Measurement Principles of Shearography

General Principle

The very basic idea with Shearography is to look at the test surface of the specimen with a shearography camera. The camera records one interferometric photo of the surface. This photo can be thought of as a unique footprint of this surface, at this unloaded state, including surface roughness and shape.

We now stress this material with a small amount of load, for example with heat. The material wants to expand when heated up, and if it has weak spots it will be allowed to expand more. At the loaded state one more interferometric photo is taken. Now we also have a interferometric footprint of the area at the deformed state.

To extract information about the difference between the two states, we subtract the two images and a shearogram is created.
This sheaogram can be thought of as a topography of the surface, but only gradients (slopes) are measured, not absolute heights of the hills. Your defects will be seen as “hills” popping out of the plane. You can quantify the size of the defects (in plane size) by measuring how large your hills are.

Speckle and Shearing

When a surface is illuminated with a coherent laser light source a stochastic interference pattern is created. This ’speckle’ pattern is projected on a camera’s CCD chip. In contrast to ESPI (Electronic Speckle Pattern Interferometry) where the speckle is compared with a reference light path, Shearography uses a reference created by shearing the image of the test object to create a double image. This makes the method much less sensitive to external vibrations and noise, and you can measure without any need for a vibration damped table, - Shearography is made for field usage! The superposition of the double image, a shearogram, represents the surface of the test object in an unloaded state, (this image can be thought of as an interferometric foot print). By inducing a small strain in the material using thermal, pressure or mechanical loading, the material deforms. If the material has non-homogeneous properties, the deformation of the surface will not be uniform – more deformation at weak areas! A new shearogram is recorded in the now loaded state and is compared with the unloaded image. If a flaw is present it will be seen in this result as a small deformation.

Image 1: Shearography fundamentals; a intereferometric footprint is created from the surface at two states - unloaded test object, and loaded test object. In-structure defects deformations under load will show up when comparing the two foot prints.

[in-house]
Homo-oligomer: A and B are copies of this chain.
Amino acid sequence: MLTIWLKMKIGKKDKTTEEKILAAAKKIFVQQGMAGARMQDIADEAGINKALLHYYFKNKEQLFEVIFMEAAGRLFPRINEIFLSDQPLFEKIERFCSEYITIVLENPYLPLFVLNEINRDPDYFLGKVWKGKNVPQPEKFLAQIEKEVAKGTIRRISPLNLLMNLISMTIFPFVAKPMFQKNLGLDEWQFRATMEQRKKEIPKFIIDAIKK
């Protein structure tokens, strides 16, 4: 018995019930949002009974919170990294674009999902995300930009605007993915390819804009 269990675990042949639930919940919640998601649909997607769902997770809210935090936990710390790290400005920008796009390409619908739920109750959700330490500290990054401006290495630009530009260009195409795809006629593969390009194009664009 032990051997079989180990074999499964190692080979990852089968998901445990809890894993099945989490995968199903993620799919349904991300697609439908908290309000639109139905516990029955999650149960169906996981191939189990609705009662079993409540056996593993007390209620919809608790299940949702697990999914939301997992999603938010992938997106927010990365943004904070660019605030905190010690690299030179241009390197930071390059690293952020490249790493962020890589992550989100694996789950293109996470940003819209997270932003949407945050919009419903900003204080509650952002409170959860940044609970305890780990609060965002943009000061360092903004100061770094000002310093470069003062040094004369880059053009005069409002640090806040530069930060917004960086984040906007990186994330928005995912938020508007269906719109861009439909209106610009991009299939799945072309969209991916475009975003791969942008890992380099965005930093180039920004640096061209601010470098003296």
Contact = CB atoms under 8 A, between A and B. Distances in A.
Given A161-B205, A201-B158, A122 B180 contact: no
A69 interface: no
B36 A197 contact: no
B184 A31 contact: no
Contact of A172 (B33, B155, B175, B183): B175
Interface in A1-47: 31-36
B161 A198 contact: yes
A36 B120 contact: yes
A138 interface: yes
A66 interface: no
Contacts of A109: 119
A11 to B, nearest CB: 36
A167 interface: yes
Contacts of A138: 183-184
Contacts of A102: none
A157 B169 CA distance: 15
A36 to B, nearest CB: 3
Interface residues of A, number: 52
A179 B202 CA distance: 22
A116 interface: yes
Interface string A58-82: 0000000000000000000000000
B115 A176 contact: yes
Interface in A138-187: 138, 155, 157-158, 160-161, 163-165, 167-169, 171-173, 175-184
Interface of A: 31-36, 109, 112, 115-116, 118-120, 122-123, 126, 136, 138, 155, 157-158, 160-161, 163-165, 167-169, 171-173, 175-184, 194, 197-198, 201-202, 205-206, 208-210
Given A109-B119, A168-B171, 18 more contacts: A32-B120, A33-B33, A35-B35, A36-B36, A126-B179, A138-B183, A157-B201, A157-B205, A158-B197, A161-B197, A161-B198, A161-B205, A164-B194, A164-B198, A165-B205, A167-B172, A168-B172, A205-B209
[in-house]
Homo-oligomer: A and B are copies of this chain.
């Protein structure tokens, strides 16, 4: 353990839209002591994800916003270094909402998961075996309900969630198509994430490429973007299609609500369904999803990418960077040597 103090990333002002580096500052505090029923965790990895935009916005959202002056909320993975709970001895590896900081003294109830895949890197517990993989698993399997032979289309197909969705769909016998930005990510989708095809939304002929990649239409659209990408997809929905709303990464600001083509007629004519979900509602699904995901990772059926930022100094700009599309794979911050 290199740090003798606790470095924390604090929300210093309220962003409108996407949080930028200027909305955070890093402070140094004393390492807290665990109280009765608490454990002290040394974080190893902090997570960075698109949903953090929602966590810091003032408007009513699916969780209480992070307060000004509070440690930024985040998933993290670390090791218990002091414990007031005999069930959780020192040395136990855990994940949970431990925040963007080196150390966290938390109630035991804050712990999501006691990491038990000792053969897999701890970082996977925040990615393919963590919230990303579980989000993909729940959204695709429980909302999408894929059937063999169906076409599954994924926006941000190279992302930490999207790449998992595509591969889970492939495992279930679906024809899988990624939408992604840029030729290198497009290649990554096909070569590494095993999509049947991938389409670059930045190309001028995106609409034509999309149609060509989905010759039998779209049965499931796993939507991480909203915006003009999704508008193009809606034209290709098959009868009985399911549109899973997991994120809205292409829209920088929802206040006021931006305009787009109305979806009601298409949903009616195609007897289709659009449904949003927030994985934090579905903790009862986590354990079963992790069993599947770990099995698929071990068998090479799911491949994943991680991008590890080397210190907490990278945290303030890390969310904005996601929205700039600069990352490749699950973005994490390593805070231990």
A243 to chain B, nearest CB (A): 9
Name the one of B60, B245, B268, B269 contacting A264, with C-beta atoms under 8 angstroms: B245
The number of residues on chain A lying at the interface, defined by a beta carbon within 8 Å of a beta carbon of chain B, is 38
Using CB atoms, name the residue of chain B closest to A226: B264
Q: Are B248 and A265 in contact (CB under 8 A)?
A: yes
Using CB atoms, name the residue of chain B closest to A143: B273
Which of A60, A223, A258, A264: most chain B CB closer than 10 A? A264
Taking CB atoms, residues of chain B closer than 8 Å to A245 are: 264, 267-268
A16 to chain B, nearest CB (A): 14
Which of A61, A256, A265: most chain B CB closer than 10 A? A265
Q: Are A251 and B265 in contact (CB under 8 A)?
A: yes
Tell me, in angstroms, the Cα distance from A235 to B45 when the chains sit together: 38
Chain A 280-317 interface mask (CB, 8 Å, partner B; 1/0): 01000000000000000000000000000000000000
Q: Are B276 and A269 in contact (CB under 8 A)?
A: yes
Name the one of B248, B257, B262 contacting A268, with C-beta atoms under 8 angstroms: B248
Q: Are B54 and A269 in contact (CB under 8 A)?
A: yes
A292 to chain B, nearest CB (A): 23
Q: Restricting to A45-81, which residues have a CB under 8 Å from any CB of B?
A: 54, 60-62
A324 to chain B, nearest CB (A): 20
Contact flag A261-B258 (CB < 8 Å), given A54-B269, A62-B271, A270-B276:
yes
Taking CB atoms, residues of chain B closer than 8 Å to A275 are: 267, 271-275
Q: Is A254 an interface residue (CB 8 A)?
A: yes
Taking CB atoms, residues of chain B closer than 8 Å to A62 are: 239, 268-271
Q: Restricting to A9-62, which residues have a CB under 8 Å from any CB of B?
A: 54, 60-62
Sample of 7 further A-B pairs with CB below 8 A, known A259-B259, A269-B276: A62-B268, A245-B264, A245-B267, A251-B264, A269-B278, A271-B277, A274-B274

Image 2: A primitive Shearography setup; Two physical points on test object will be projected on to one point on the CCD chip to record an interferometic footprint. The tested surface is illuminated with a monochromatic light, typical 650nm.

Image Subtraction

The basic Shearography principle is to subtract two images (interferometric footprints) of a test object; before and after load. Thereafter the information (intensity) from those images are subtracted, and then the surface deformation can be displayed due to the speckle information. Surface roughness will be neglected ad-hoc in the subtraction process.

Image 3: The primitive Shearography principle. A shearography image is recorded at unloaded state and one image is recorded in the loaded state. Thereafter they are subtracted and in the result defects can be detected.

Phase Shift Technology

To increase the sensitivity of the technique, a real-time phase shift process is used in the sensor. This uses a stepping mirror that shifts the reference beam and enhances the results with directional information included with the deformation.

Image 4: A phase stepping Shearography setup; Two physical points on test object will be projected on to one point on the CCD chip to record a interferometic footprint. A modified Michelson cube is here used where with a double breaking mirror as a beam splitter. One mirror is for adjustment of shear properties and the other one is the phase stepper.

Image 5: The phase stepper moves through its 4 positions with a internal difference of 1/4 Wavelength, at each position a image is recorded and sent through the software processor to evaluate the phase relationship with a best fit algorithm.